Russian spy satellite launched by Soyuz rocket

A classified mapping satellite rode a Soyuz rocket into space Thursday from the Plesetsk Cosmodrome, the fifth mission of the year to deploy a Russian military payload in orbit.

The Russian military satellite launched at 4:03 a.m. EDT (0803 GMT) Thursday from Plesetsk, a military spaceport about 500 miles (800 kilometers) north of Moscow in Arkhangelsk Oblast.

A Soyuz-2.1a rocket began its vertical climb away from Plesetsk with nearly a million pounds of thrust from kerosene-fueled engines, then headed north to target a polar orbit for deployment of its Russian military payload.

The Soyuz jettisoned its four first stage boosters about two minutes into the flight, then a third stage engine took over from the rocket’s core stage about five minutes after liftoff. The third stage deployed its payload into a preliminary orbit ranging in altitude between 210 miles (338 kilometers) and 345 miles (556 kilometers), with an inclination of 97.7 degrees to the equator, according to U.S. military tracking data.

The circumstances of Thursday’s launch — its launch site, the configuration of its launch vehicle, and target orbit — suggest the payload was the Russian military’s third Bars-M digital mapping satellite. The first two spacecraft in Russia’s current generation of Bars-M mapping satellites launched on Soyuz rockets in 2015 and 2016.

The Russian Defense Ministry did not identify the satellite launched Thursday. The Russian military declared the launch successful, and U.S. tracking data confirmed the Soyuz placed its satellite payload into an orbit matching those of the previous Bars-M missions.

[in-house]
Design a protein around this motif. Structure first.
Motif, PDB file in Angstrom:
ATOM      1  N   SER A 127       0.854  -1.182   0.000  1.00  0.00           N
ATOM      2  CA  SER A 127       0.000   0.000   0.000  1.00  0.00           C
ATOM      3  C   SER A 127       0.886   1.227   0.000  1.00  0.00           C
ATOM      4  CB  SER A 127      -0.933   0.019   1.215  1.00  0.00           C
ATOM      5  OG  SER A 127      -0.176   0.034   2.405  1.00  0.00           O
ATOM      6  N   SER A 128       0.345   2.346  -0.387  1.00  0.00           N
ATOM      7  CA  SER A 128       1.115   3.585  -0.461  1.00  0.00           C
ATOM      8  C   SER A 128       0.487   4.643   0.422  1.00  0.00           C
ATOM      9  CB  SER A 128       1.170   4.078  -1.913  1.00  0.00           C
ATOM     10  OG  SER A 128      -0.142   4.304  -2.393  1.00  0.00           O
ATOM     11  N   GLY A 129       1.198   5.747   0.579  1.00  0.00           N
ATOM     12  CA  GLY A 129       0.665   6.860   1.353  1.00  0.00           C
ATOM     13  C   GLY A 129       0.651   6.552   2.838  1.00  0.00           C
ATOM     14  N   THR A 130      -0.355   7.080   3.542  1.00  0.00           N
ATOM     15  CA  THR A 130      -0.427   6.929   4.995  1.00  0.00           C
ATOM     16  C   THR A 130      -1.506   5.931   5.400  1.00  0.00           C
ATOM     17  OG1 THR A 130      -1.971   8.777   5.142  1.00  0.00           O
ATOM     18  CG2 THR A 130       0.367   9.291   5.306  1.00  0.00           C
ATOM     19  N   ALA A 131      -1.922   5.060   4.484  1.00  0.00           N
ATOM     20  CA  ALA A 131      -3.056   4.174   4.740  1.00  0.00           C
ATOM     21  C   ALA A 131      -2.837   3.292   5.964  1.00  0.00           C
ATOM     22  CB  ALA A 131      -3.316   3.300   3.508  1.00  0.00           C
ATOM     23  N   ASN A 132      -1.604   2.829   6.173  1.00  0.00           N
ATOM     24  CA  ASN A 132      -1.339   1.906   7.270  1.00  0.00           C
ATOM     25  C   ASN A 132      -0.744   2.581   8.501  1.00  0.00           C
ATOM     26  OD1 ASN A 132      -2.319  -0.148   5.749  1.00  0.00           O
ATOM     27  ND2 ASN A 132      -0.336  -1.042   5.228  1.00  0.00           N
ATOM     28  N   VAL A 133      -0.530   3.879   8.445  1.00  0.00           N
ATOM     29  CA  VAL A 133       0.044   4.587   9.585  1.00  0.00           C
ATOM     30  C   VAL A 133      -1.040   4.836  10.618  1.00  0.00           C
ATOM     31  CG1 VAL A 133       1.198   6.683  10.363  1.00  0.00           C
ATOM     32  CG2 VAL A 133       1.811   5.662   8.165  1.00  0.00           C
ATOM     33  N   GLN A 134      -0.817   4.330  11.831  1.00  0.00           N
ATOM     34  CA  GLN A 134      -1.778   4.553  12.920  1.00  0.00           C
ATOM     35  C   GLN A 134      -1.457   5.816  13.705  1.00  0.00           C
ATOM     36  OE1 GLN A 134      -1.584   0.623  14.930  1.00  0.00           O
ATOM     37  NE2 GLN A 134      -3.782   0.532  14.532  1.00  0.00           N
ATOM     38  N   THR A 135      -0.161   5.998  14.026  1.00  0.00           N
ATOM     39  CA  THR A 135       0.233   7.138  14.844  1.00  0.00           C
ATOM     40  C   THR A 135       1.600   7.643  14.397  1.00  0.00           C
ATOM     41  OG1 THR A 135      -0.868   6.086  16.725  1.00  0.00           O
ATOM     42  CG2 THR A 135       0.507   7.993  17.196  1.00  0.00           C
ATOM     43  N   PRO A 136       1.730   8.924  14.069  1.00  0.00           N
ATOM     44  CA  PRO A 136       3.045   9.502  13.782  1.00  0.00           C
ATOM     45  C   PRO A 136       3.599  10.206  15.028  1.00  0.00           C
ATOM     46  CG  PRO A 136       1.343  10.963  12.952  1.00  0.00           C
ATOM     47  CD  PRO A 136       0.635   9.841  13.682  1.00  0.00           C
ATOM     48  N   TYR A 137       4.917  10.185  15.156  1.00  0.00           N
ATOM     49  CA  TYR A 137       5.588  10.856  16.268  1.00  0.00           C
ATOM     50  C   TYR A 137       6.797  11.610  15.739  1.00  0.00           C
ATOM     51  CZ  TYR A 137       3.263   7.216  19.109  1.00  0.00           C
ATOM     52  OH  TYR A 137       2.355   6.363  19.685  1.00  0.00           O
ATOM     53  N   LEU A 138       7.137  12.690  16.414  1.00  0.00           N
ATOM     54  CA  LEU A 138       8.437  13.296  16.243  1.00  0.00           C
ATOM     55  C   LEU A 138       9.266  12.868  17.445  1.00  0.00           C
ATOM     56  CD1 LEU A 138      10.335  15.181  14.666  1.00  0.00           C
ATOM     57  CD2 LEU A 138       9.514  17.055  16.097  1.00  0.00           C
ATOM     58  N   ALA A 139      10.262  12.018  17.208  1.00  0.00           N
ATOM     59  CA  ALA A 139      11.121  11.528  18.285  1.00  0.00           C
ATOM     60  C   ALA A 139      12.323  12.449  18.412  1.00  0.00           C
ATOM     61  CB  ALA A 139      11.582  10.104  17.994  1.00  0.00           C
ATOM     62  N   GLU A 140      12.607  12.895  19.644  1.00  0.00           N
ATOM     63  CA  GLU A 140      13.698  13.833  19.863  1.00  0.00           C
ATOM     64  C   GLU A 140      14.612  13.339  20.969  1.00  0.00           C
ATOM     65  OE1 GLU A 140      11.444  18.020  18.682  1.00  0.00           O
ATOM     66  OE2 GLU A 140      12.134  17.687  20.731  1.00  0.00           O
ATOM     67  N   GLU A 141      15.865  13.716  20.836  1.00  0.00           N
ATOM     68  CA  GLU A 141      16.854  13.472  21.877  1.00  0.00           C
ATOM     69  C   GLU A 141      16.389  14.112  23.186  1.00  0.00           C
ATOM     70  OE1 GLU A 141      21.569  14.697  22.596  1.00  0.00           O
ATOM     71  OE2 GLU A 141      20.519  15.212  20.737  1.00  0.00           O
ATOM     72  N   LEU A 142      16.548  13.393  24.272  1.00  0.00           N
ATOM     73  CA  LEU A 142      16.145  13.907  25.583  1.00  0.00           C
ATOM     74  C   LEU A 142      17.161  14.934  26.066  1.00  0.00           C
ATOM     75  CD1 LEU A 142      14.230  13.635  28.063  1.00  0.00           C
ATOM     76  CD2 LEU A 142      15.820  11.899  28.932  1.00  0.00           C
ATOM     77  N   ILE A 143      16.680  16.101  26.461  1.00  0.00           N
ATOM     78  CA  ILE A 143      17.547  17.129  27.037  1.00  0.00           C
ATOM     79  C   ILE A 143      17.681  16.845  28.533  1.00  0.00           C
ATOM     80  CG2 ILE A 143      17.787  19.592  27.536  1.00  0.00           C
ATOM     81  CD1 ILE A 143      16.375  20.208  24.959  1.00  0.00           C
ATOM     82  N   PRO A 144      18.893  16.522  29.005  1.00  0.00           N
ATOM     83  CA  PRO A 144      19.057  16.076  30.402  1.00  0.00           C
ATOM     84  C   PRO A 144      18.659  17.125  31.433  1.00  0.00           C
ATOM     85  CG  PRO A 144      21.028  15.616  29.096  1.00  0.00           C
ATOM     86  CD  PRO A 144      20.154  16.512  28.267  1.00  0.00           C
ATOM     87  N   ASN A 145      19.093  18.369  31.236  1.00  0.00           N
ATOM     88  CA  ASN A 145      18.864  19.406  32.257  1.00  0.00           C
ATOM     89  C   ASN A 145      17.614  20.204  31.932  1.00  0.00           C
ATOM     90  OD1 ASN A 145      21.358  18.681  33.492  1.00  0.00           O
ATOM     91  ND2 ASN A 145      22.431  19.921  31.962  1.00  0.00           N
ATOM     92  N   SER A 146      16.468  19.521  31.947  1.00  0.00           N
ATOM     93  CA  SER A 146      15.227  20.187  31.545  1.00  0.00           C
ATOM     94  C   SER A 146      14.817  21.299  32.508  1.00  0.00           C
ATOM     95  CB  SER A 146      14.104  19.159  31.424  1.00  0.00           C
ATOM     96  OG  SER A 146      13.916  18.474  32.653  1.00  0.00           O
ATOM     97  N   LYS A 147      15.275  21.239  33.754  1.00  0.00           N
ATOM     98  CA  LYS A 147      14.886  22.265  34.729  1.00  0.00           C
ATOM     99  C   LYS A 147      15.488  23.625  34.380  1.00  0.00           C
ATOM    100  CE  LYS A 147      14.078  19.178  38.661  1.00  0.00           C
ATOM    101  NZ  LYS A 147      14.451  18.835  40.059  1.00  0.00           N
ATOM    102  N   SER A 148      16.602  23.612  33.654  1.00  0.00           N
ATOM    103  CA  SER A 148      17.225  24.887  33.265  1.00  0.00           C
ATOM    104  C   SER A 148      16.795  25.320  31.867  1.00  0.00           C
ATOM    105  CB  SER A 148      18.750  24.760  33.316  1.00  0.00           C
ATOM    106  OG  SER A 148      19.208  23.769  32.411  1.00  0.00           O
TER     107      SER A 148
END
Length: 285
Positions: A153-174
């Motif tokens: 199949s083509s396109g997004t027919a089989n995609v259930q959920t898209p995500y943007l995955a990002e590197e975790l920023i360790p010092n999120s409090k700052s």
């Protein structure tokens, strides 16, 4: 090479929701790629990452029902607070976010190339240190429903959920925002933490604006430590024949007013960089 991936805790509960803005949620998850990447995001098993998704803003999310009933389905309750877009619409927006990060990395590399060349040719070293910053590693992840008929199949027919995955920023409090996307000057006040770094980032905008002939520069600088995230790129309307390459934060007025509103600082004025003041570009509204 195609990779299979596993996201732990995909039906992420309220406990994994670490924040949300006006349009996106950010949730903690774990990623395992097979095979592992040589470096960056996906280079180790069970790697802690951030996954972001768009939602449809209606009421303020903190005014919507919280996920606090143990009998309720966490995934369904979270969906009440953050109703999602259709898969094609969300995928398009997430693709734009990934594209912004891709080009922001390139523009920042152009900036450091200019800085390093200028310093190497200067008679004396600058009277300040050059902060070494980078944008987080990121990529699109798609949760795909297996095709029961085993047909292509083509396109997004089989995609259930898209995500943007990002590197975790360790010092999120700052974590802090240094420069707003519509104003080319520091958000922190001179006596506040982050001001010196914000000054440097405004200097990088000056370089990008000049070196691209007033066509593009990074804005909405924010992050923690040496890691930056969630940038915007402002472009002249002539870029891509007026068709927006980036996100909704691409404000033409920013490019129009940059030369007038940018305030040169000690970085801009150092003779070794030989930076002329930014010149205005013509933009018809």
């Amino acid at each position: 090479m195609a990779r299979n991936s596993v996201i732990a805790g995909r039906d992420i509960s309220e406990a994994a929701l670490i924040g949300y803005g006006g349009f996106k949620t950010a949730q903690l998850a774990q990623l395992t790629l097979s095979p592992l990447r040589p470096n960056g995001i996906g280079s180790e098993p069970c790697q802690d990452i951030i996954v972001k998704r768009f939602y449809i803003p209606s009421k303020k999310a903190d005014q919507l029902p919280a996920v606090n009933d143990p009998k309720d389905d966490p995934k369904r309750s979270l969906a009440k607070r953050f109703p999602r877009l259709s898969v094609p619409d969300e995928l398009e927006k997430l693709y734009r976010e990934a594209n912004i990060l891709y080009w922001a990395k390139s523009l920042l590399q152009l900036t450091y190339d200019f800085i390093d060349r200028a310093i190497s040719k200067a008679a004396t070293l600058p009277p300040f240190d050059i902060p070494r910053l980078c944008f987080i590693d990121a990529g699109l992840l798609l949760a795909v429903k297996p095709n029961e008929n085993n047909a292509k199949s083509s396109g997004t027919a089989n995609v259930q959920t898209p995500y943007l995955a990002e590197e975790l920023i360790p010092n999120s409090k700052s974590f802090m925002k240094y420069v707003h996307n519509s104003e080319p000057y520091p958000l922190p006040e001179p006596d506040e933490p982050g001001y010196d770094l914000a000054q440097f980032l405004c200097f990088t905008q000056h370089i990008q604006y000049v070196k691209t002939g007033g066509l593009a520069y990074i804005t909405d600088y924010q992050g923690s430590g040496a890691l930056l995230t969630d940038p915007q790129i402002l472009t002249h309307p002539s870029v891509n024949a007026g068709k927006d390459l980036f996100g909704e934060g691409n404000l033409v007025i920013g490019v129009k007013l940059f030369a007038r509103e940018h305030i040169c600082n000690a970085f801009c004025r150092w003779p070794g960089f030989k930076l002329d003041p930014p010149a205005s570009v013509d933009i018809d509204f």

Made by TsSKB Progress in Samara, Russia, the Bars-M satellite’s capabilities are classified, but analysts believe it hosts a digital imager, replacing older satellites that carried film cameras that returned to Earth via parachute to be recovered and developed.

The Bars-M satellite’s Karat electro-optical camera was developed by the Leningrad Optical Mechanical Association, and the satellite is expected to operate at least five years, according to documents posted on a Russian government procurement website.

The upgrade allows the Bars-M satellites to remain in orbit longer and send imagery to analysts via radio links.

The last of the old-generation satellites launched in 2005, leaving Russia with a gap in the imaging capability to be filled by Bars-M, which specializes in collecting stereo images to help create maps for use by the Russian military.

The spacecraft launched Thursday was designated Kosmos 2556, continuing the Russian naming scheme for military satellites.

The mission Thursday was the seventh launch of a Soyuz rocket this year, and the fifth space mission to blast off from Plesetsk in 2022.

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Follow Stephen Clark on Twitter: @StephenClark1.